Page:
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One important academic lesson of the pandemic was that despite COVID restrictions, many Duke undergraduate students continued to conduct valuable research in collaboration with faculty members. This week, that research was showcased when three juniors were named Faculty Scholars, the university’s highest honor for students presented by faculty. The awards went to Patrick Duan, for research studying historical dynamics of racial and ethnic minorities; Jenny (Yijian) Huang, for developing new statistical methodology for… read more about Three Juniors Selected as Faculty Scholars for Excellence in Research »

There’s a common misconception about student voting that after four years of deep engagement on the topic senior Daisy Lane wants to clear up: Students aren’t politically apathetic. “College students vote at lower rates than most other age groups, and the general conception is they care less, but that’s not true,” said Lane, a public policy and history major who worked with the student voting group Duke Votes. “The thinking is they’re only on campus for four years, their home is elsewhere and there’s a lot of student… read more about Class of 2022: Daisy Lane, Helping Students to the Voting Booth »

On Saturday, April 2, Raia Lockerman, Kerry Rork and Anna Greenleaf all had the same two fears: presenting their undergraduate research at a big conference and being away for the Duke vs. UNC game. They were the three Trinity students selected to participate in the 2022 ACC Meeting of the Minds conference, hosted by the University of Virginia between April 1 and 3. The nomination and selection process are extremely competitive, and only five students represented Duke: Lockerman, Rork and Greenleaf from Trinity, as well as… read more about Trinity Students Go on the Road to the ACC Meeting of the Minds Conference »

Six members of Duke’s Class of 2023 have been named to the second class of Nakayama Scholars.  The Nakayama Public Service Scholarship is part of the university’s efforts to encourage students to use their Duke experience to engage with the large challenges facing communities around the world. The students represent multiple disciplines across Duke’s academic departments as well as a variety of future careers.  Juniors Alexandra Bennion, Bentley Choi, Garrett Goodman, Shreyas Hallur, Andrew Liu and Nellie Sun were chosen… read more about Duke Names Second Class of Nakayama Scholars »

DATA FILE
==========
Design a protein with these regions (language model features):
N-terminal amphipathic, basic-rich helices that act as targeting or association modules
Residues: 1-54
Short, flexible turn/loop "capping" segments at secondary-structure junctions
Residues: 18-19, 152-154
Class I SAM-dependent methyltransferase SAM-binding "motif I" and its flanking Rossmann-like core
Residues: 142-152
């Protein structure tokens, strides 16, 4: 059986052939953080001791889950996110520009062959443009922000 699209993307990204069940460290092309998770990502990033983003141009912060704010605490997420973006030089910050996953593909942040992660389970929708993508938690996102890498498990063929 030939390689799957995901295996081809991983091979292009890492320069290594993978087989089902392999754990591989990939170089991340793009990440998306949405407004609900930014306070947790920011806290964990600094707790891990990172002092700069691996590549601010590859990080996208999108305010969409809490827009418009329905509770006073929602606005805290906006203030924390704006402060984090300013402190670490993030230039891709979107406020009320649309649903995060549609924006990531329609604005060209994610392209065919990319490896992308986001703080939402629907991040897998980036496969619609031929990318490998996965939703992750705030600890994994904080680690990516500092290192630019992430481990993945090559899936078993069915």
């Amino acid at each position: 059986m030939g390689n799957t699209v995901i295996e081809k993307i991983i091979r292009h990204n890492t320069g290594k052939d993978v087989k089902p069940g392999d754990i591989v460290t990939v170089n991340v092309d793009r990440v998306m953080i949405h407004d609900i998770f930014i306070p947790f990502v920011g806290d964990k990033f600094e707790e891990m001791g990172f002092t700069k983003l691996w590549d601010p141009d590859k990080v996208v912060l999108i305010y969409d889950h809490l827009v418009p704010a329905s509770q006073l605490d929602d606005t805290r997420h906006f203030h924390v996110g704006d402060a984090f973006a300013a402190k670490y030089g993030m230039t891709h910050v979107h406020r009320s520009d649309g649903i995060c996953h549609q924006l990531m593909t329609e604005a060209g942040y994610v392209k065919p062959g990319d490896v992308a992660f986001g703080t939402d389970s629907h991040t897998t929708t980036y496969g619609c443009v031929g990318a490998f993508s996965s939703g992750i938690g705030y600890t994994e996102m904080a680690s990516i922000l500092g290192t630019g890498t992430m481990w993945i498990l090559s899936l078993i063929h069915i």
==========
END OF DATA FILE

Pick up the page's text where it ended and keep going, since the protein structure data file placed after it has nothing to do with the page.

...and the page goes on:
Please join us from 4:30-6:00 on Monday 18 April for our first collective in-person event: a reception for the new John Hope Franklin Gallery exhibit “Black Lives Matter Brazil-USA).  Food and drinks will be served with exhibit designers serving as guides. It is preceded with a panel discussion from  3-4:00PM led by Professor Silvio Almeida, a former Mellon Visiting at Duke who presented in last year’s department colloquium. Sponsored by the History… read more about New Black Lives Matter Exhibit at Franklin Gallery @ History »

Featured Courses for Fall 2022   HISTORY 105 - Old Worlds/New Histories, 500-1500 CE  Vasant Kaiwar Mon/Wed 3:30-4:45 pm New approaches to history of the world from ca. 500 to 1500 CE. Examines the world before European hegemony. Topics may include nature of autonomous centers of production around the globe; characteristics of trade, empire, science, technology, and high culture across Asia, the Middle East, Africa and the Americas; diffusion of inventions… read more about Featured History Courses for Fall 2022 »

Historian Peter H. Wood recently took part in a podcast entitled "Fields," produced by a Brooklyn-based group exploring aspects of American agriculture, past and present. The one-hour episode, released on February 3 as part of Black History Month, can be found here: https://heritageradionetwork.org/episode/dr-peter-h-wood-rice-and-reshaping-south-carolina.   The conversation focuses on the introduction of West African rice cultivation into early South Carolina, a topic covered in Wood's pioneering book, Black… read more about Peter H. Wood podcast for Black History Month »